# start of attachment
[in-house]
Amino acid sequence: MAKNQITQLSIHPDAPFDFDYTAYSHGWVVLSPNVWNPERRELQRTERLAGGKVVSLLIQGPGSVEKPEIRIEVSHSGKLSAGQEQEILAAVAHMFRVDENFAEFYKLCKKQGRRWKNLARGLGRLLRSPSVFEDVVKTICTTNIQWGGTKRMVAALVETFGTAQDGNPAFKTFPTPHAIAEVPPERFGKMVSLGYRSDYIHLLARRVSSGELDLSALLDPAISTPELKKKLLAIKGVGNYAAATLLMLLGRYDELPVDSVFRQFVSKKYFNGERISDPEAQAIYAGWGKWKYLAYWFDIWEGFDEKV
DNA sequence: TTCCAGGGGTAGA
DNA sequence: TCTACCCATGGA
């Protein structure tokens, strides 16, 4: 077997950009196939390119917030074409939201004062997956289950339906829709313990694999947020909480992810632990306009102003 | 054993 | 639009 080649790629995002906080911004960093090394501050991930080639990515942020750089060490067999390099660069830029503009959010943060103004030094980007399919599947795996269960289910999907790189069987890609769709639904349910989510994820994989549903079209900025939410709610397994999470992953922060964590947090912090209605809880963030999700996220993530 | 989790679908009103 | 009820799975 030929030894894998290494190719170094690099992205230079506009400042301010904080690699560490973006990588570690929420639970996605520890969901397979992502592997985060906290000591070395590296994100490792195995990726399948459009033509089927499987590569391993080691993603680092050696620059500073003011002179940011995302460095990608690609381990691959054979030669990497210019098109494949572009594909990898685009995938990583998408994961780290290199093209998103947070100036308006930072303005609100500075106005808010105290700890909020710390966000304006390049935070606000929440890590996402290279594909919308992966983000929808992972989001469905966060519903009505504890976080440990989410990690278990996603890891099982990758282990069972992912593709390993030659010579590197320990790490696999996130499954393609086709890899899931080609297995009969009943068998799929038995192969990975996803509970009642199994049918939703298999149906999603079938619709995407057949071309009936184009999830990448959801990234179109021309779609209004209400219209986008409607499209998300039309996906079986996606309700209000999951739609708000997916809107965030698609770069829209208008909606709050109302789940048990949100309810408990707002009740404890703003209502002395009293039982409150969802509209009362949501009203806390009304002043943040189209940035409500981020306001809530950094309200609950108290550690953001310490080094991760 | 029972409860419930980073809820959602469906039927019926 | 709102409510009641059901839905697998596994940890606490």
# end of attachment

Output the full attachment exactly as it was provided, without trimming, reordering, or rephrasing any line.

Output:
[in-house]
Amino acid sequence: MAKNQITQLSIHPDAPFDFDYTAYSHGWVVLSPNVWNPERRELQRTERLAGGKVVSLLIQGPGSVEKPEIRIEVSHSGKLSAGQEQEILAAVAHMFRVDENFAEFYKLCKKQGRRWKNLARGLGRLLRSPSVFEDVVKTICTTNIQWGGTKRMVAALVETFGTAQDGNPAFKTFPTPHAIAEVPPERFGKMVSLGYRSDYIHLLARRVSSGELDLSALLDPAISTPELKKKLLAIKGVGNYAAATLLMLLGRYDELPVDSVFRQFVSKKYFNGERISDPEAQAIYAGWGKWKYLAYWFDIWEGFDEKV
DNA sequence: TTCCAGGGGTAGA
DNA sequence: TCTACCCATGGA
């Protein structure tokens, strides 16, 4: 077997950009196939390119917030074409939201004062997956289950339906829709313990694999947020909480992810632990306009102003 | 054993 | 639009 080649790629995002906080911004960093090394501050991930080639990515942020750089060490067999390099660069830029503009959010943060103004030094980007399919599947795996269960289910999907790189069987890609769709639904349910989510994820994989549903079209900025939410709610397994999470992953922060964590947090912090209605809880963030999700996220993530 | 989790679908009103 | 009820799975 030929030894894998290494190719170094690099992205230079506009400042301010904080690699560490973006990588570690929420639970996605520890969901397979992502592997985060906290000591070395590296994100490792195995990726399948459009033509089927499987590569391993080691993603680092050696620059500073003011002179940011995302460095990608690609381990691959054979030669990497210019098109494949572009594909990898685009995938990583998408994961780290290199093209998103947070100036308006930072303005609100500075106005808010105290700890909020710390966000304006390049935070606000929440890590996402290279594909919308992966983000929808992972989001469905966060519903009505504890976080440990989410990690278990996603890891099982990758282990069972992912593709390993030659010579590197320990790490696999996130499954393609086709890899899931080609297995009969009943068998799929038995192969990975996803509970009642199994049918939703298999149906999603079938619709995407057949071309009936184009999830990448959801990234179109021309779609209004209400219209986008409607499209998300039309996906079986996606309700209000999951739609708000997916809107965030698609770069829209208008909606709050109302789940048990949100309810408990707002009740404890703003209502002395009293039982409150969802509209009362949501009203806390009304002043943040189209940035409500981020306001809530950094309200609950108290550690953001310490080094991760 | 029972409860419930980073809820959602469906039927019926 | 709102409510009641059901839905697998596994940890606490």